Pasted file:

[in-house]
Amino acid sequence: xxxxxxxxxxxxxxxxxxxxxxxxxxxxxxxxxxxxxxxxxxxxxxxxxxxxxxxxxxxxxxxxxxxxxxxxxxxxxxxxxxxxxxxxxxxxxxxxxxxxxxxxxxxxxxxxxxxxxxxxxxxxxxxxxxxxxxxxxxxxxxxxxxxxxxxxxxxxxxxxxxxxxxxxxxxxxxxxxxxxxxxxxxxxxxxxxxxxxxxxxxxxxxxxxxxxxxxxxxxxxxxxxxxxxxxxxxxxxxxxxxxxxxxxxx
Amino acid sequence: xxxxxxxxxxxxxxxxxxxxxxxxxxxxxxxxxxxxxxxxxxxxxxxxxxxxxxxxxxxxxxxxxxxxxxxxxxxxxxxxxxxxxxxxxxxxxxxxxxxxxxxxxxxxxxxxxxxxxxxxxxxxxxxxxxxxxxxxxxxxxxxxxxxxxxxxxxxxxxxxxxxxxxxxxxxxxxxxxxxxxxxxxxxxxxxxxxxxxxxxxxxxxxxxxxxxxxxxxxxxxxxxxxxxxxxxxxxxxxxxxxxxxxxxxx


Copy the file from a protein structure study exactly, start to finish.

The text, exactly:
[in-house]
Amino acid sequence: xxxxxxxxxxxxxxxxxxxxxxxxxxxxxxxxxxxxxxxxxxxxxxxxxxxxxxxxxxxxxxxxxxxxxxxxxxxxxxxxxxxxxxxxxxxxxxxxxxxxxxxxxxxxxxxxxxxxxxxxxxxxxxxxxxxxxxxxxxxxxxxxxxxxxxxxxxxxxxxxxxxxxxxxxxxxxxxxxxxxxxxxxxxxxxxxxxxxxxxxxxxxxxxxxxxxxxxxxxxxxxxxxxxxxxxxxxxxxxxxxxxxxxxxxx
Amino acid sequence: xxxxxxxxxxxxxxxxxxxxxxxxxxxxxxxxxxxxxxxxxxxxxxxxxxxxxxxxxxxxxxxxxxxxxxxxxxxxxxxxxxxxxxxxxxxxxxxxxxxxxxxxxxxxxxxxxxxxxxxxxxxxxxxxxxxxxxxxxxxxxxxxxxxxxxxxxxxxxxxxxxxxxxxxxxxxxxxxxxxxxxxxxxxxxxxxxxxxxxxxxxxxxxxxxxxxxxxxxxxxxxxxxxxxxxxxxxxxxxxxxxxxxxxxxx